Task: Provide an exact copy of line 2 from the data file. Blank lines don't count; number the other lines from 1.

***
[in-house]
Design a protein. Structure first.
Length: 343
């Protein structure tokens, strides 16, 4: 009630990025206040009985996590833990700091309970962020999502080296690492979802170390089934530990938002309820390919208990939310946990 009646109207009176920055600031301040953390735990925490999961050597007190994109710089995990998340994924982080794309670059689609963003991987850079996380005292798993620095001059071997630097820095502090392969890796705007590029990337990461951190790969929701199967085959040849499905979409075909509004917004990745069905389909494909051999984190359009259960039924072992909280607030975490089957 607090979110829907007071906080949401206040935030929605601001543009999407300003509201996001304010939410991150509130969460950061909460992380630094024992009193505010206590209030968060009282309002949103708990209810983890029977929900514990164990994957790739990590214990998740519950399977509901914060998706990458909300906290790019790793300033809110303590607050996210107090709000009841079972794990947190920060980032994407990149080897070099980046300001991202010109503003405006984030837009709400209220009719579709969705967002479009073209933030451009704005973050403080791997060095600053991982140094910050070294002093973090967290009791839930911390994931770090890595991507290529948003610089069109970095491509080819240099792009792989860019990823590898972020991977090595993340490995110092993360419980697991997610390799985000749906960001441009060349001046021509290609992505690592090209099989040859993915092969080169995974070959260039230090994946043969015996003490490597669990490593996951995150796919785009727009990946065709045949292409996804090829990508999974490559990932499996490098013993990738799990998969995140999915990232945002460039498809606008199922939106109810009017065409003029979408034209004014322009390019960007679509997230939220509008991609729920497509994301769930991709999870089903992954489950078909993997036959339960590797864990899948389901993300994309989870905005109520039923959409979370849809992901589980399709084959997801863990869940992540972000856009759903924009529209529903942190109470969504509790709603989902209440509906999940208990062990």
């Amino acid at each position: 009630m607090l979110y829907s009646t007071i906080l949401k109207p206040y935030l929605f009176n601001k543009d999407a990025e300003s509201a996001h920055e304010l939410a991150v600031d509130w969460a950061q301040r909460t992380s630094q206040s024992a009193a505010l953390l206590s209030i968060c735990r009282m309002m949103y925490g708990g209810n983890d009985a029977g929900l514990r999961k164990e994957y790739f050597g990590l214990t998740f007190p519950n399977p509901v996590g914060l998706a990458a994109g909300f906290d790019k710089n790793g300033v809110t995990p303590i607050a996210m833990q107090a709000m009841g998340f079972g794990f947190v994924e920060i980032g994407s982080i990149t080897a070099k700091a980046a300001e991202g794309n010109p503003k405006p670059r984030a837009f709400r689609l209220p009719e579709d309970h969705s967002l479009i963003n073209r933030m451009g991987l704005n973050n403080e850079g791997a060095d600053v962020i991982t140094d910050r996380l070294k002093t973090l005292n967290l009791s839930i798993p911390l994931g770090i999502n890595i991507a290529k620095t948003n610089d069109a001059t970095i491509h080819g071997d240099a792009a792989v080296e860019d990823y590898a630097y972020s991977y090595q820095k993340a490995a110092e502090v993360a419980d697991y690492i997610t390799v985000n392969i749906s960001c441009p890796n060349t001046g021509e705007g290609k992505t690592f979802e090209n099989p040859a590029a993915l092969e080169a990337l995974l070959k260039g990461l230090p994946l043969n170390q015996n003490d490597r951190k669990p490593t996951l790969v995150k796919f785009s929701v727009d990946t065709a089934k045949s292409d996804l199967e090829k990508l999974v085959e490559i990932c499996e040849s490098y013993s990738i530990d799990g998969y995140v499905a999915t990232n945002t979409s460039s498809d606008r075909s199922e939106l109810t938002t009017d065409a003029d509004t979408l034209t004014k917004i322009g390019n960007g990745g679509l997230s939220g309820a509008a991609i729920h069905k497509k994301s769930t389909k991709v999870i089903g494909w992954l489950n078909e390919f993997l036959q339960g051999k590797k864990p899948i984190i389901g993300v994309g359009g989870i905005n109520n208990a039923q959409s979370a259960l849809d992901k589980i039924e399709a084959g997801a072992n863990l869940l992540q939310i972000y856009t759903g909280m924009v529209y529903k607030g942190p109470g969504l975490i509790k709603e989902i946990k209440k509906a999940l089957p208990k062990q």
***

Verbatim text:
Design a protein. Structure first.